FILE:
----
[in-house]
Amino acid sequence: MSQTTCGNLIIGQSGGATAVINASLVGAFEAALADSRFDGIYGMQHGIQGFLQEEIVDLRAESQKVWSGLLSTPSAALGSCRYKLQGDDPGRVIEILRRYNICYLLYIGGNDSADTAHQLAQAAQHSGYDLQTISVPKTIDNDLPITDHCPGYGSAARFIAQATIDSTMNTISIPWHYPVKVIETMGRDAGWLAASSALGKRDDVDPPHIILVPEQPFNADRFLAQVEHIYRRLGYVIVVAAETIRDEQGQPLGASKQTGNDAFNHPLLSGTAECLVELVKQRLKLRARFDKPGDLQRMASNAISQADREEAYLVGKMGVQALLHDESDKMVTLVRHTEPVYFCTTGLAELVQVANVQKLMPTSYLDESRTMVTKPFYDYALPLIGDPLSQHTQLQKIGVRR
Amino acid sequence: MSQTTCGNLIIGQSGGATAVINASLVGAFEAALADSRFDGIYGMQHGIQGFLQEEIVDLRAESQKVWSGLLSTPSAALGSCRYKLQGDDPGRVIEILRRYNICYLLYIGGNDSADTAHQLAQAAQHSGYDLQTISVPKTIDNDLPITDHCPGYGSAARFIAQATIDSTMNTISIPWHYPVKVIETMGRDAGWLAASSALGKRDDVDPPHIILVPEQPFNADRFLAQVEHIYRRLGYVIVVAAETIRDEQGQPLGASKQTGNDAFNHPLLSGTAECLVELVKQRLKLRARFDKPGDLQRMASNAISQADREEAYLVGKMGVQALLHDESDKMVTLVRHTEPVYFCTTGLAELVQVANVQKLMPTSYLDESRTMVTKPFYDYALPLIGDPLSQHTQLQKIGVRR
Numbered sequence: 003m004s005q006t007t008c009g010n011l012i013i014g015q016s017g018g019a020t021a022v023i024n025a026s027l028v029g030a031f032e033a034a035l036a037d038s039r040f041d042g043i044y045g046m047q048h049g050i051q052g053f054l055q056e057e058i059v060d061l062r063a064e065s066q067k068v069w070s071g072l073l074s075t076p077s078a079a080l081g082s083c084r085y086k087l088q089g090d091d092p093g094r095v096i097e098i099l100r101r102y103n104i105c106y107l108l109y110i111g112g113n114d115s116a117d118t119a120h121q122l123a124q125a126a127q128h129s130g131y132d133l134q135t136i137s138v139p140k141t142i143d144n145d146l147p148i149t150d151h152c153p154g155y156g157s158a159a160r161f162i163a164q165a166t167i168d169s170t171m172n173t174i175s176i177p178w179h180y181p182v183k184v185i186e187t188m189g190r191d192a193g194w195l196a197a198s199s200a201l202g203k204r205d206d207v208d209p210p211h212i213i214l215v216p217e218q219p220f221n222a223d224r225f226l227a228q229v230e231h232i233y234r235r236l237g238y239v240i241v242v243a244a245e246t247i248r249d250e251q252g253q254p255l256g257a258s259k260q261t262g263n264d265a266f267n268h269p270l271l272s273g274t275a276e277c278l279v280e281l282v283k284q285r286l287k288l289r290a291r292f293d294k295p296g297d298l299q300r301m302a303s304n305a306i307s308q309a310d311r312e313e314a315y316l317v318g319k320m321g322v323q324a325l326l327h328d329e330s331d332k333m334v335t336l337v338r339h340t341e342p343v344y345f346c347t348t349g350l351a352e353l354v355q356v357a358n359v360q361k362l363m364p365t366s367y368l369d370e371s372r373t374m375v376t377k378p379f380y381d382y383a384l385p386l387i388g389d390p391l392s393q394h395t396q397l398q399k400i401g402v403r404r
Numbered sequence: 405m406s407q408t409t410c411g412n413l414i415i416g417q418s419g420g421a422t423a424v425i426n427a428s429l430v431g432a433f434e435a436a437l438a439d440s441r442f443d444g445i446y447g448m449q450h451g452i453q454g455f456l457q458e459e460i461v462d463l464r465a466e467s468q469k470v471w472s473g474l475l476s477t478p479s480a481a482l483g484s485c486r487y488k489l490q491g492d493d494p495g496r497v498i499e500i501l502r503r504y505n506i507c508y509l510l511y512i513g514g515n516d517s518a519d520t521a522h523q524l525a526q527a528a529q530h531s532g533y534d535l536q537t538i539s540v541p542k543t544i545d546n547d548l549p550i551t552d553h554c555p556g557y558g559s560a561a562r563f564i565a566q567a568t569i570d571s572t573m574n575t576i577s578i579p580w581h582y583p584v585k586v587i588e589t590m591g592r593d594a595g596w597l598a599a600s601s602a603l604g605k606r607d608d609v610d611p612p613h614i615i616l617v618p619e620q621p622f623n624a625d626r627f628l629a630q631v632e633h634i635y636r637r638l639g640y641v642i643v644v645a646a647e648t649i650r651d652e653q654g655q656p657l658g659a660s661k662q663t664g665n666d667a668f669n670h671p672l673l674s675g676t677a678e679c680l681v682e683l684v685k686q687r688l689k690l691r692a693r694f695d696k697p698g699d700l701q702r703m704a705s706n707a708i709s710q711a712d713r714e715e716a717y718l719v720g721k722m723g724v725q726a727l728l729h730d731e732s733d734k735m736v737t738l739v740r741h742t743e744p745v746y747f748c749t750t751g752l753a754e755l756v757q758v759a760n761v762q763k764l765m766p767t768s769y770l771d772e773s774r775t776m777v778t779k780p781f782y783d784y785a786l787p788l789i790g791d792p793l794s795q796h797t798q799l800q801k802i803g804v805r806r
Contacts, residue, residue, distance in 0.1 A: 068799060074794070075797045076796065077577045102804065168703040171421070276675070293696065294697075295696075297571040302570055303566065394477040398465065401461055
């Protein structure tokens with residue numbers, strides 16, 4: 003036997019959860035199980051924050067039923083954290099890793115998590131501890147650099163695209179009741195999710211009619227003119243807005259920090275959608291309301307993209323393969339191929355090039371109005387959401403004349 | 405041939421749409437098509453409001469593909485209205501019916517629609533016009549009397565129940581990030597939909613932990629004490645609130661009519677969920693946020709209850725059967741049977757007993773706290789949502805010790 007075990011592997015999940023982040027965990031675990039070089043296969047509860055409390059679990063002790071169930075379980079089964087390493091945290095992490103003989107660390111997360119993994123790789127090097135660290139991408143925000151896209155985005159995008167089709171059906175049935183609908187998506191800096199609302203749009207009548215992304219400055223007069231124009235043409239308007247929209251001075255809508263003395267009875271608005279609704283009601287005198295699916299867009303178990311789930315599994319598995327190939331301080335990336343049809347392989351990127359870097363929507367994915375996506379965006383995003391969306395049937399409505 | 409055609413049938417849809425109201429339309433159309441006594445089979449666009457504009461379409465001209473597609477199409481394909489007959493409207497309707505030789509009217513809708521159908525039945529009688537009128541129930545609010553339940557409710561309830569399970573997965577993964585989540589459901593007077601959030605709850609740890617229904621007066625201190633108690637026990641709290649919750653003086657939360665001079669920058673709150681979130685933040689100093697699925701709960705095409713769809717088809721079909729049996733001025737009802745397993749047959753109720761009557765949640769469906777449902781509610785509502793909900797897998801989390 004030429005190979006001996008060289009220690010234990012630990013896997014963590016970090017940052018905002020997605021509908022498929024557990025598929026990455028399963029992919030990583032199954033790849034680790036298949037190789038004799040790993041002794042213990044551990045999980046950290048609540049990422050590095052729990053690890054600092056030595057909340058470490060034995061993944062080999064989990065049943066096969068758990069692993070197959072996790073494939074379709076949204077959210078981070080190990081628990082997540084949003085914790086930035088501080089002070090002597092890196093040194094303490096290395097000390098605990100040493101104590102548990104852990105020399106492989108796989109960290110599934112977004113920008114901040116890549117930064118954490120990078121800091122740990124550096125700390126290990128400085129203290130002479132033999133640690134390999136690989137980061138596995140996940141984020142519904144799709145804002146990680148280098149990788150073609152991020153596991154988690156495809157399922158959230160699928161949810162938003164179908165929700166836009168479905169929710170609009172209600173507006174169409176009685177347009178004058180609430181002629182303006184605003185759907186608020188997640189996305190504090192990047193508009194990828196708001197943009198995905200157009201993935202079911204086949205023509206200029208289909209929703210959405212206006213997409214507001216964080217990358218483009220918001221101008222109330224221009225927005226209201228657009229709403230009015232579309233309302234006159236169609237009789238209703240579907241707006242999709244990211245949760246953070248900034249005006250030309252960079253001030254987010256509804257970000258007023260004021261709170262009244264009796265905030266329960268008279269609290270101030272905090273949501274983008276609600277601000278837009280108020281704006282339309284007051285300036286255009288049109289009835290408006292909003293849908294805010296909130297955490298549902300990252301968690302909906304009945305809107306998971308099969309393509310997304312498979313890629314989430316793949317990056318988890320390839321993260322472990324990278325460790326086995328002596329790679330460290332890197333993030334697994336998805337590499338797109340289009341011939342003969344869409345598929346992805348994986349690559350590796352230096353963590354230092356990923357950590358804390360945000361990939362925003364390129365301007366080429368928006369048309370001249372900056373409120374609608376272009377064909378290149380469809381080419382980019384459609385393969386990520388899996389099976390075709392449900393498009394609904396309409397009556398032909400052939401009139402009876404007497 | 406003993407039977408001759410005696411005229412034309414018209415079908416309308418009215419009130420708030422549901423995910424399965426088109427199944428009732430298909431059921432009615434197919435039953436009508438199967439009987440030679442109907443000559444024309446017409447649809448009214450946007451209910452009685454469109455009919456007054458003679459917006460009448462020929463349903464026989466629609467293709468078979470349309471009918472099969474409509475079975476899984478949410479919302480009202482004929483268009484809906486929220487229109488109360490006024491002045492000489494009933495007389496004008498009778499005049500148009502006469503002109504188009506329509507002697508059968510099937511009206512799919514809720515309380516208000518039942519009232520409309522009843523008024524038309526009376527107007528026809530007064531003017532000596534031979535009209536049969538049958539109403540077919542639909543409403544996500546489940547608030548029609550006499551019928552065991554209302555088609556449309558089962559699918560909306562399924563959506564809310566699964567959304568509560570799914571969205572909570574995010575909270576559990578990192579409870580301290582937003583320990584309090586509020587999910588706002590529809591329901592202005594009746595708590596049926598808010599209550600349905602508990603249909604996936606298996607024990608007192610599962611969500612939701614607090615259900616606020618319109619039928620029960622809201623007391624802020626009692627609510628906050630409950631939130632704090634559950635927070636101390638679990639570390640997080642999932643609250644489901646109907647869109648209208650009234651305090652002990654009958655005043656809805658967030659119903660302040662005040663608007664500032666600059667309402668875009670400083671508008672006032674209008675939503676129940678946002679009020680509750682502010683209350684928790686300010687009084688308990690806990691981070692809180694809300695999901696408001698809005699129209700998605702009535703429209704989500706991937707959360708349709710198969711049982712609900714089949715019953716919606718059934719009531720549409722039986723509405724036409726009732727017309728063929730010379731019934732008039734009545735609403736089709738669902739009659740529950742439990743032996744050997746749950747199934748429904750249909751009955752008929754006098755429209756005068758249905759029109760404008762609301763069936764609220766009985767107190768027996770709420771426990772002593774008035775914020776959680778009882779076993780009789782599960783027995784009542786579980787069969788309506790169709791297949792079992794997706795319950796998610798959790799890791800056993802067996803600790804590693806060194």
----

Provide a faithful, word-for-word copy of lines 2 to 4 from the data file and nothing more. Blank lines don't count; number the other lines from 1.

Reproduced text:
Amino acid sequence: MSQTTCGNLIIGQSGGATAVINASLVGAFEAALADSRFDGIYGMQHGIQGFLQEEIVDLRAESQKVWSGLLSTPSAALGSCRYKLQGDDPGRVIEILRRYNICYLLYIGGNDSADTAHQLAQAAQHSGYDLQTISVPKTIDNDLPITDHCPGYGSAARFIAQATIDSTMNTISIPWHYPVKVIETMGRDAGWLAASSALGKRDDVDPPHIILVPEQPFNADRFLAQVEHIYRRLGYVIVVAAETIRDEQGQPLGASKQTGNDAFNHPLLSGTAECLVELVKQRLKLRARFDKPGDLQRMASNAISQADREEAYLVGKMGVQALLHDESDKMVTLVRHTEPVYFCTTGLAELVQVANVQKLMPTSYLDESRTMVTKPFYDYALPLIGDPLSQHTQLQKIGVRR
Amino acid sequence: MSQTTCGNLIIGQSGGATAVINASLVGAFEAALADSRFDGIYGMQHGIQGFLQEEIVDLRAESQKVWSGLLSTPSAALGSCRYKLQGDDPGRVIEILRRYNICYLLYIGGNDSADTAHQLAQAAQHSGYDLQTISVPKTIDNDLPITDHCPGYGSAARFIAQATIDSTMNTISIPWHYPVKVIETMGRDAGWLAASSALGKRDDVDPPHIILVPEQPFNADRFLAQVEHIYRRLGYVIVVAAETIRDEQGQPLGASKQTGNDAFNHPLLSGTAECLVELVKQRLKLRARFDKPGDLQRMASNAISQADREEAYLVGKMGVQALLHDESDKMVTLVRHTEPVYFCTTGLAELVQVANVQKLMPTSYLDESRTMVTKPFYDYALPLIGDPLSQHTQLQKIGVRR
Numbered sequence: 003m004s005q006t007t008c009g010n011l012i013i014g015q016s017g018g019a020t021a022v023i024n025a026s027l028v029g030a031f032e033a034a035l036a037d038s039r040f041d042g043i044y045g046m047q048h049g050i051q052g053f054l055q056e057e058i059v060d061l062r063a064e065s066q067k068v069w070s071g072l073l074s075t076p077s078a079a080l081g082s083c084r085y086k087l088q089g090d091d092p093g094r095v096i097e098i099l100r101r102y103n104i105c106y107l108l109y110i111g112g113n114d115s116a117d118t119a120h121q122l123a124q125a126a127q128h129s130g131y132d133l134q135t136i137s138v139p140k141t142i143d144n145d146l147p148i149t150d151h152c153p154g155y156g157s158a159a160r161f162i163a164q165a166t167i168d169s170t171m172n173t174i175s176i177p178w179h180y181p182v183k184v185i186e187t188m189g190r191d192a193g194w195l196a197a198s199s200a201l202g203k204r205d206d207v208d209p210p211h212i213i214l215v216p217e218q219p220f221n222a223d224r225f226l227a228q229v230e231h232i233y234r235r236l237g238y239v240i241v242v243a244a245e246t247i248r249d250e251q252g253q254p255l256g257a258s259k260q261t262g263n264d265a266f267n268h269p270l271l272s273g274t275a276e277c278l279v280e281l282v283k284q285r286l287k288l289r290a291r292f293d294k295p296g297d298l299q300r301m302a303s304n305a306i307s308q309a310d311r312e313e314a315y316l317v318g319k320m321g322v323q324a325l326l327h328d329e330s331d332k333m334v335t336l337v338r339h340t341e342p343v344y345f346c347t348t349g350l351a352e353l354v355q356v357a358n359v360q361k362l363m364p365t366s367y368l369d370e371s372r373t374m375v376t377k378p379f380y381d382y383a384l385p386l387i388g389d390p391l392s393q394h395t396q397l398q399k400i401g402v403r404r